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Thursday, August 30, 2012

In which Little Man gets fitted for a headcone.

About a month ago, we had a visitor at the farm. He liked the warm welcome he received so much, he decided to stay. He now lives under my back porch, where the resident Tom is not bold enough to venture. Little Man, as I call him, is a strapping orange tabby with sad eyes.


We were practicing making wedding bouquets soon after the cat arrived back in July when my friend declared, “That cat has been run over. His tail is flat.” I took a closer look and, sure enough, the cat’s tail was decidedly flat with an awkward bend in it. It never seemed to relax or hang down. It was always straight up behind him, like the number 7.

The Farmer says he is Tiger, the cat that stole his heart a few autumns ago. Tiger was so named because he would hang by his claws from the head of a goose that the Farmer was plucking. Even though he was only a few weeks old and would fit in a coffee mug, Tiger was ferocious, and therefore hilarious and endearing. I told my husband that the new arrival could not be Tiger, because Tiger’s coat was white and grey. In fact, I’m quite positive this cat either wandered in from another farm or was dropped off on our lonely road by an irresponsible owner who no longer wanted to care for him, because the large orange tabby is quite tame.

He greets me when I slide the patio door open in the morning. A continuous string of vowels streams out of his mouth, which appears to be toothless except for two huge incisors. I tell him he will get a treat if he lets me put medicine on his ear, which has been raw since he arrived. He sniffs the tube of Polysporin (with 3 antibiotics and a painkiller) in my hand and submits to the treatment. Occasionally I also spray his ear with an iodine mixture because we once used that to treat a cow that had darted between a hay bale and a tractor spike, and it was quite effective in the healing process.

Little Man is quite well behaved when in my sight but I’m sure he goes off and rubs his ear in the dirt as soon as I’m not looking, because it isn’t healing as quickly as it should be.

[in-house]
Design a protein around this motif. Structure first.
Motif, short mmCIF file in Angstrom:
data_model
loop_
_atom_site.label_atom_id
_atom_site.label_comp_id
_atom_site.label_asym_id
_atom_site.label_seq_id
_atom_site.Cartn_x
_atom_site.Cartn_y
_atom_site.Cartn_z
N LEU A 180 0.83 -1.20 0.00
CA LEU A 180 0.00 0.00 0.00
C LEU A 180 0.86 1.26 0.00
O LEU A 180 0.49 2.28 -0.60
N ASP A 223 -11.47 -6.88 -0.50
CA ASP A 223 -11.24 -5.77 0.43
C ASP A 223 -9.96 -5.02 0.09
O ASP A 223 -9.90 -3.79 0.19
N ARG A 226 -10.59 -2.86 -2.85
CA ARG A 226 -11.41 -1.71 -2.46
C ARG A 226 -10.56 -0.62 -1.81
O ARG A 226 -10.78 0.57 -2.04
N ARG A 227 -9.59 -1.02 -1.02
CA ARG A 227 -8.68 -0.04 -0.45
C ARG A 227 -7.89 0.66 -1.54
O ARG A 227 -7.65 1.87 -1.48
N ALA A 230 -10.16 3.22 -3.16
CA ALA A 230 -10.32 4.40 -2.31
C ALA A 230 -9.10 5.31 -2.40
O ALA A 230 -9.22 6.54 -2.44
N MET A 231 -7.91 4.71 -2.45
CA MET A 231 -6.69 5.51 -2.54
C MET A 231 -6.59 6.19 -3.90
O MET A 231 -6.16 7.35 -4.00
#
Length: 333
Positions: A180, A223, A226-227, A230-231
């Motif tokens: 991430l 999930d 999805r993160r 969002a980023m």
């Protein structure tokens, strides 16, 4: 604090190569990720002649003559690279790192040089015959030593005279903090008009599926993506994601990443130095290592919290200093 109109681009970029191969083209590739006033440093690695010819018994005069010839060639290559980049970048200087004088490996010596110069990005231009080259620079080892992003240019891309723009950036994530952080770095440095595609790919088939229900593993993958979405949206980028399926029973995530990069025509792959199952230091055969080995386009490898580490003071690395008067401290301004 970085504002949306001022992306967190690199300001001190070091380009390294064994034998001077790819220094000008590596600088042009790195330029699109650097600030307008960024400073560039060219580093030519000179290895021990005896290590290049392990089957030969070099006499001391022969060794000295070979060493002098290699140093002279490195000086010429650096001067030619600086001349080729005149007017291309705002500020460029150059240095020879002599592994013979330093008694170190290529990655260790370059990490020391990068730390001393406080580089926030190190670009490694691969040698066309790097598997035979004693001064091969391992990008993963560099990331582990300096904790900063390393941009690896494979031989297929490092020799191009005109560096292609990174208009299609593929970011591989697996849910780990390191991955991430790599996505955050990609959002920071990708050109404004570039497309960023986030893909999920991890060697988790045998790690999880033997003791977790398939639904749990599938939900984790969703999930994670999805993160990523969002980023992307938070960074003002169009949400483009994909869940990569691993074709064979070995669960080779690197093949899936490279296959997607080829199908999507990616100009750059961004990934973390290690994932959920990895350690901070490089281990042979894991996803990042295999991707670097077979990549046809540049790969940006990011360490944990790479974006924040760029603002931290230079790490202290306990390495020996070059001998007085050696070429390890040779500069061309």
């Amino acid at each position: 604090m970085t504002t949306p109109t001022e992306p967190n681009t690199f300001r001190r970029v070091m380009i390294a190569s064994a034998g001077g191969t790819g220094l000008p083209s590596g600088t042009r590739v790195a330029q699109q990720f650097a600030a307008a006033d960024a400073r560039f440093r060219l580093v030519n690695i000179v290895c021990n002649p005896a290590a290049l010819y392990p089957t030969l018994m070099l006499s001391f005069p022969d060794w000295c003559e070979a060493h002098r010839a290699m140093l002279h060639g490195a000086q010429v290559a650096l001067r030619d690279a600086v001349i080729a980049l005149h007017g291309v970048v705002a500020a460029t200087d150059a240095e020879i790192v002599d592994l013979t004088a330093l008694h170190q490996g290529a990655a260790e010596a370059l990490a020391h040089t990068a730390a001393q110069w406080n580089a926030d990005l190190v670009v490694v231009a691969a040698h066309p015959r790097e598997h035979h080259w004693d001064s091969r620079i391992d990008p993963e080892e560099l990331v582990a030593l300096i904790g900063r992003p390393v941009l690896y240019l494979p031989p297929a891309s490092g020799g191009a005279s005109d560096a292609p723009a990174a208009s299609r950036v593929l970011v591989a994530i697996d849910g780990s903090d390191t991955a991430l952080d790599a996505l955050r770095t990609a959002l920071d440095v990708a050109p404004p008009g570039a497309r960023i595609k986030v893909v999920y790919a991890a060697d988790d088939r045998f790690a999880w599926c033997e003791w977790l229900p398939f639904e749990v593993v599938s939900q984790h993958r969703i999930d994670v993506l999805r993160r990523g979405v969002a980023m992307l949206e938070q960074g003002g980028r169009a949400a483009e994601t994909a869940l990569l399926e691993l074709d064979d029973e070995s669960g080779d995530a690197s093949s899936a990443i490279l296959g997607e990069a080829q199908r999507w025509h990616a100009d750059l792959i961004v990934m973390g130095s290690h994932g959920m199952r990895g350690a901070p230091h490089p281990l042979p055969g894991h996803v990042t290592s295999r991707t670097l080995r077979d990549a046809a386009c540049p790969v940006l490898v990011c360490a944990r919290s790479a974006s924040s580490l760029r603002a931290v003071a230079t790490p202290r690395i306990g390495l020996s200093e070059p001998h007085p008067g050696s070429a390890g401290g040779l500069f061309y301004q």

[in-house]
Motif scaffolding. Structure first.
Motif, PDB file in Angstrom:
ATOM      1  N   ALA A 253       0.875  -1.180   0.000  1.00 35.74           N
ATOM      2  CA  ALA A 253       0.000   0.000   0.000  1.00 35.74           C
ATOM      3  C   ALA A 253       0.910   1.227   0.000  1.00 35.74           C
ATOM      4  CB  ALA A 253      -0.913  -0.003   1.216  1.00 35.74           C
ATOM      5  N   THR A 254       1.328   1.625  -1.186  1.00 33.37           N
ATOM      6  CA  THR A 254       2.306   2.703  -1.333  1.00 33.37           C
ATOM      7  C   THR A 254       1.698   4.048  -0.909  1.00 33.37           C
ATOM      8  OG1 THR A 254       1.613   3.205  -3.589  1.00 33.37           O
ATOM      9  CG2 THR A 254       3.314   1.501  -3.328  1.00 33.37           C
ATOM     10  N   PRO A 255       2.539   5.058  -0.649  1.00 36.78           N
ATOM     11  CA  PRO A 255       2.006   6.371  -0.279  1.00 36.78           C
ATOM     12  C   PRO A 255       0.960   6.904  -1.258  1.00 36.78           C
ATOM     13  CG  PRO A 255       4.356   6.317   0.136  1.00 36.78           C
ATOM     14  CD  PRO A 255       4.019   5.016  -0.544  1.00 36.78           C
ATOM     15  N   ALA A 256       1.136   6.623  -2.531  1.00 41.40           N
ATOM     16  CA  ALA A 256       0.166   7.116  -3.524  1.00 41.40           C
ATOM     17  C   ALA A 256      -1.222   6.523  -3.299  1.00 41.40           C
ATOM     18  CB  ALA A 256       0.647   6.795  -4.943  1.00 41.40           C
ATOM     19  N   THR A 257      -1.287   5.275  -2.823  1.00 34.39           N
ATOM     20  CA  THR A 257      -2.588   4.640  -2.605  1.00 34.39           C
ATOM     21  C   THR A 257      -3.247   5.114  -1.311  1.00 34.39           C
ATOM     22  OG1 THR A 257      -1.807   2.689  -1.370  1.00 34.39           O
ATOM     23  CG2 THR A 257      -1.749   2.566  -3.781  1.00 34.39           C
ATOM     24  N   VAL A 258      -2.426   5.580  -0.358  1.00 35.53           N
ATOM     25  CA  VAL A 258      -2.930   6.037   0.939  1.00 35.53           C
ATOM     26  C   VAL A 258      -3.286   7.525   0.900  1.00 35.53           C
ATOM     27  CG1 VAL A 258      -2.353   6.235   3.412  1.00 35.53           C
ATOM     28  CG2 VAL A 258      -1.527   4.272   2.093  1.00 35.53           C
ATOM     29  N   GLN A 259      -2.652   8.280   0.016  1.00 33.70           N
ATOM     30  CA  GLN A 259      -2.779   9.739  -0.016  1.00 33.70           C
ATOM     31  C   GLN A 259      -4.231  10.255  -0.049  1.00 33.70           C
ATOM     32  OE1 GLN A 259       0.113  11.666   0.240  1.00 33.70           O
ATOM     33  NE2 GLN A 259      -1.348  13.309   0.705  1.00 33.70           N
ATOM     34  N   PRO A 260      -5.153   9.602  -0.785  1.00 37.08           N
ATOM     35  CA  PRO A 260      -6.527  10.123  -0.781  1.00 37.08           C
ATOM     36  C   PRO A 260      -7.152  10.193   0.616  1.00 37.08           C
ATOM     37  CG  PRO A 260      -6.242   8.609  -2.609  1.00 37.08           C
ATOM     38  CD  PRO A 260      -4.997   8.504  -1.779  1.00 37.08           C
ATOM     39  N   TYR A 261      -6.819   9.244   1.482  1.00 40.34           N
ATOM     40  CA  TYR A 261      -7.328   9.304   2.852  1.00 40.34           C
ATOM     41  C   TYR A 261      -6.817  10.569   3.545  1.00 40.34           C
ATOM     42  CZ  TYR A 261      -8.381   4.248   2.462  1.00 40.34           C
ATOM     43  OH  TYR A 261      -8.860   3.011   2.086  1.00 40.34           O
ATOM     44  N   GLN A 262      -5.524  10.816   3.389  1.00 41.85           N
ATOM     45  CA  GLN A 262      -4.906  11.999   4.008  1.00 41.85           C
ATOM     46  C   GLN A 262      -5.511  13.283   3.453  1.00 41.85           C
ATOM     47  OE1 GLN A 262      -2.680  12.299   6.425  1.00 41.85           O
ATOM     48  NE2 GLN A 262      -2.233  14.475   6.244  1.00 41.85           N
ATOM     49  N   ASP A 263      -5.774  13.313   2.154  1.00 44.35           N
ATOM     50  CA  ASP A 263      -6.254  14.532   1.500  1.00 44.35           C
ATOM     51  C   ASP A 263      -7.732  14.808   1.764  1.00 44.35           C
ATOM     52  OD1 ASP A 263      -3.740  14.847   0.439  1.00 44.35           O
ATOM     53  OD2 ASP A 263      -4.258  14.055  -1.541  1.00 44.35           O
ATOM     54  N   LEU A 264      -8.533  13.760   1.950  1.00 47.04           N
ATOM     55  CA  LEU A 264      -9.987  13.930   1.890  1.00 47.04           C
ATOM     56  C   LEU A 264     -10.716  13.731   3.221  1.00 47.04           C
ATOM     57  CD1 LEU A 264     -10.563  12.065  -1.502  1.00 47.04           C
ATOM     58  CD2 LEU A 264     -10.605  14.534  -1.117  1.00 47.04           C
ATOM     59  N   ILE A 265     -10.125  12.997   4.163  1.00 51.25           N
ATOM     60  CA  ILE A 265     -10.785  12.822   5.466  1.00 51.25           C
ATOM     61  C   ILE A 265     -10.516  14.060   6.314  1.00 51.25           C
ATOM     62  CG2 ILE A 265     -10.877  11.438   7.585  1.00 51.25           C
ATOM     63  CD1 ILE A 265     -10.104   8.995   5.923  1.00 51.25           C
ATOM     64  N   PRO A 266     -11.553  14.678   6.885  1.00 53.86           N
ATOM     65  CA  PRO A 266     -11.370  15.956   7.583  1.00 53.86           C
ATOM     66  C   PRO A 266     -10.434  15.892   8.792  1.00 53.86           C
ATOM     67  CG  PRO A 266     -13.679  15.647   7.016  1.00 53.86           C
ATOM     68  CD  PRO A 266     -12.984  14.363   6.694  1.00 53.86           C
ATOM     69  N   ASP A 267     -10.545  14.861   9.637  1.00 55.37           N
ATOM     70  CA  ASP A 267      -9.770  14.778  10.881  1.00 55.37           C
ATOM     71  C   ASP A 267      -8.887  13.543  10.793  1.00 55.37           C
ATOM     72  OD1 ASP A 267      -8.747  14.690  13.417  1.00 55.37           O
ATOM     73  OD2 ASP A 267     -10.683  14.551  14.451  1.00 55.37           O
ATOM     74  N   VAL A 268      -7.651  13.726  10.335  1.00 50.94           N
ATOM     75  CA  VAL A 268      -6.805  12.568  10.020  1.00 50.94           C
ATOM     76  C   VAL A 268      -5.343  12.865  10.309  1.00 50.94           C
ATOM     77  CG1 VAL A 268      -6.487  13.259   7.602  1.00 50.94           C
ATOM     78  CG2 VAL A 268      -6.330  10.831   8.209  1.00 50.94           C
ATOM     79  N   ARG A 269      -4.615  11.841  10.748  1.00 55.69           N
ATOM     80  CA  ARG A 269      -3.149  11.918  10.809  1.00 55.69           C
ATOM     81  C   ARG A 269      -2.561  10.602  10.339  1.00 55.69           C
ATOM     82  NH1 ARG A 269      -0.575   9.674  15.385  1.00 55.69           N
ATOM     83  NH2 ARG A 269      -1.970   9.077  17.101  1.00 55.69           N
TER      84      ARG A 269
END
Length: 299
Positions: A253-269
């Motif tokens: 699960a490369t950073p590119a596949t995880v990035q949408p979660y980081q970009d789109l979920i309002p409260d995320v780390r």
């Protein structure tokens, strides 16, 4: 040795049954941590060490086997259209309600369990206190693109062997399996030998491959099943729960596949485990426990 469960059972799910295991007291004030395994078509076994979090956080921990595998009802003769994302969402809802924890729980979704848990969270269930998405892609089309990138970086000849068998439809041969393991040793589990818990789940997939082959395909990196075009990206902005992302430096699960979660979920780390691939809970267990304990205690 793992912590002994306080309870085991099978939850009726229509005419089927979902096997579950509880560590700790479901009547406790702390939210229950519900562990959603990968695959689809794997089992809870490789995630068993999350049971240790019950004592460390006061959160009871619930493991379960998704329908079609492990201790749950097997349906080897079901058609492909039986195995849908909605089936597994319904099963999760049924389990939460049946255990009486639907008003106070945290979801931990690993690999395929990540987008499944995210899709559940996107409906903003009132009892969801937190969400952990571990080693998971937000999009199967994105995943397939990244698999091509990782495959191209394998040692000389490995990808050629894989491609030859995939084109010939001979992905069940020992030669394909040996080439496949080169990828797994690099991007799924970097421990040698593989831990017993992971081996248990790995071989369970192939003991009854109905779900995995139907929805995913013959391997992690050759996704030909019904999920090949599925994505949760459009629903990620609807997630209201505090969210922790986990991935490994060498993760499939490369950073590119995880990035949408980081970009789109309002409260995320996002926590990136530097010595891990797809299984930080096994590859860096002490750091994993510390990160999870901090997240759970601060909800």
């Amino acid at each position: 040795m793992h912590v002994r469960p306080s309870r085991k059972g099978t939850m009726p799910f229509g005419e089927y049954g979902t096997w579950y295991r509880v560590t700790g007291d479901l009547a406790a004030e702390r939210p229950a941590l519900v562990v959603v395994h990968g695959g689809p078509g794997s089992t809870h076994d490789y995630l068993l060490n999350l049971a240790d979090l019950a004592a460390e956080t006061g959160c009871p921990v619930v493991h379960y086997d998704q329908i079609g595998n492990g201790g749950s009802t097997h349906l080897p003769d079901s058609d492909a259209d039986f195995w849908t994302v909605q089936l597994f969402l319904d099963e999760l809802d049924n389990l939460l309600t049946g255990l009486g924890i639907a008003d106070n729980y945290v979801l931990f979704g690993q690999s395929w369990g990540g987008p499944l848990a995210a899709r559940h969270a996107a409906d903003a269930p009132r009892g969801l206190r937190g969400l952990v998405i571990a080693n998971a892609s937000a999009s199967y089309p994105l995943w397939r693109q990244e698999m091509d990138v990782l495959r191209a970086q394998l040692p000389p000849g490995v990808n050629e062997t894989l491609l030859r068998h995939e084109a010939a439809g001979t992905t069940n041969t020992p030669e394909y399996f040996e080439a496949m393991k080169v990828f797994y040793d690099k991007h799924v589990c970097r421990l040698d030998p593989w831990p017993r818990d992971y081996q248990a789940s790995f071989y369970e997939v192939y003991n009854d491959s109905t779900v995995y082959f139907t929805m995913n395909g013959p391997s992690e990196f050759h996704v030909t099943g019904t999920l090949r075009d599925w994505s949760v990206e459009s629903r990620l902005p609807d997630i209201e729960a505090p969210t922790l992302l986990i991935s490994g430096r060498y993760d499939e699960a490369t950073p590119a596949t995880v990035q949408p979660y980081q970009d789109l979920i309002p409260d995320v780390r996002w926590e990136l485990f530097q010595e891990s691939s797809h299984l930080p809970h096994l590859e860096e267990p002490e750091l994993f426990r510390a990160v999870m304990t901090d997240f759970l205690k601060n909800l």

Soon after he arrived, he let me wash him with waterless pet shampoo. It got rid of most of the greasy dirt that he probably acquired while hiding under a barn tractor. Now he smells much better. The other night, I decided to attempt a flea collar. Again he submitted without a fight. Then I got an idea. If he will agree to the flea collar, perhaps he will allow me to fit him with a recovery cone. That should allow his ear to heal, because he won’t be able to reach it with a paw.

I got most of our adult females fixed last year, so our cat population is pretty much under control. I don’t have dozens of kittens with eye infections like I did the first year. Instead I have three strapping young babes in my basement, being tamed on Temptations cat treats so they can be adopted out. Or something. Perhaps they will never leave the basement.

Our cats don’t normally fight – they have words with each other, but no one gets hurt because they are all talk. This ailing Little Man is a new situation for us. We don’t have a budget for taking stray cats to the vet so I’m hoping he has an extra-strong constitution.

And I’m hoping he will find another place to sleep, safe from Tom, because he won’t fit under the porch for a few days with that cone on his head. Maybe I should leave the door open on the playhouse. Don’t tell the Farmer.

Postscript: within 5 minutes of being fitted with a cone, Little Man (who has now been renamed “Wilmer” by one of our daughters) emerged from the garden with said cone hanging from a shoelace around his neck. So much for that idea.

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